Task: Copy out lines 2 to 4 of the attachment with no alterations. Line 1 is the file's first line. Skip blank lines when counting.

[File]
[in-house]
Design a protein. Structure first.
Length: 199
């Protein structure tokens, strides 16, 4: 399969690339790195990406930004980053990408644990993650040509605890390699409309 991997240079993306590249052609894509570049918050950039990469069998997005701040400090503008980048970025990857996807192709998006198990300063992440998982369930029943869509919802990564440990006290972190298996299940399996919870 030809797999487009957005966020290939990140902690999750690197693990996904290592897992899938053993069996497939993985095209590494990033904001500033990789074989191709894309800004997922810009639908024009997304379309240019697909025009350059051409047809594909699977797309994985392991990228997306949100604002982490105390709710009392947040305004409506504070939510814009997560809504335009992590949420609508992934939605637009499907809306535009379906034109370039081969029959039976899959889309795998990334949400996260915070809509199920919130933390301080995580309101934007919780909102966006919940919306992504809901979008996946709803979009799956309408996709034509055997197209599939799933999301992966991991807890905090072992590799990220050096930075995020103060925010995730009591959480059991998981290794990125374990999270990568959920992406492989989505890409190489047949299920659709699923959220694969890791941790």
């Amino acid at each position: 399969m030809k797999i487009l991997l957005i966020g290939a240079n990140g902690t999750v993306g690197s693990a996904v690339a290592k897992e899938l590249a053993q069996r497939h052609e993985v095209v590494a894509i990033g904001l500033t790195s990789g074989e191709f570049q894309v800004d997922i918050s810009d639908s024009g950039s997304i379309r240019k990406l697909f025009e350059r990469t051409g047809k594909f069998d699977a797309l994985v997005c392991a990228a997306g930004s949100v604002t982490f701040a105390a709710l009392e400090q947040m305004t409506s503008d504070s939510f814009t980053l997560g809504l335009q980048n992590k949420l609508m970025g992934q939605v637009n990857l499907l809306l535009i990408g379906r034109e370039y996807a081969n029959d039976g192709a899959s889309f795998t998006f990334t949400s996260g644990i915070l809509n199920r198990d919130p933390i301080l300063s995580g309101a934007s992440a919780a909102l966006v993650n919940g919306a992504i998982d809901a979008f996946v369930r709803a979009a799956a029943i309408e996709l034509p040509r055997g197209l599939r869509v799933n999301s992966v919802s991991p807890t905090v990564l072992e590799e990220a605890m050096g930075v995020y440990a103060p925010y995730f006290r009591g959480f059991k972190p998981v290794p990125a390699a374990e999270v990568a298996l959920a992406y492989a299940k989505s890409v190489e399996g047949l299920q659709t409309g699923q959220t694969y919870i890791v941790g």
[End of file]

Design a protein. Structure first.
Length: 199
């Protein structure tokens, strides 16, 4: 399969690339790195990406930004980053990408644990993650040509605890390699409309 991997240079993306590249052609894509570049918050950039990469069998997005701040400090503008980048970025990857996807192709998006198990300063992440998982369930029943869509919802990564440990006290972190298996299940399996919870 030809797999487009957005966020290939990140902690999750690197693990996904290592897992899938053993069996497939993985095209590494990033904001500033990789074989191709894309800004997922810009639908024009997304379309240019697909025009350059051409047809594909699977797309994985392991990228997306949100604002982490105390709710009392947040305004409506504070939510814009997560809504335009992590949420609508992934939605637009499907809306535009379906034109370039081969029959039976899959889309795998990334949400996260915070809509199920919130933390301080995580309101934007919780909102966006919940919306992504809901979008996946709803979009799956309408996709034509055997197209599939799933999301992966991991807890905090072992590799990220050096930075995020103060925010995730009591959480059991998981290794990125374990999270990568959920992406492989989505890409190489047949299920659709699923959220694969890791941790």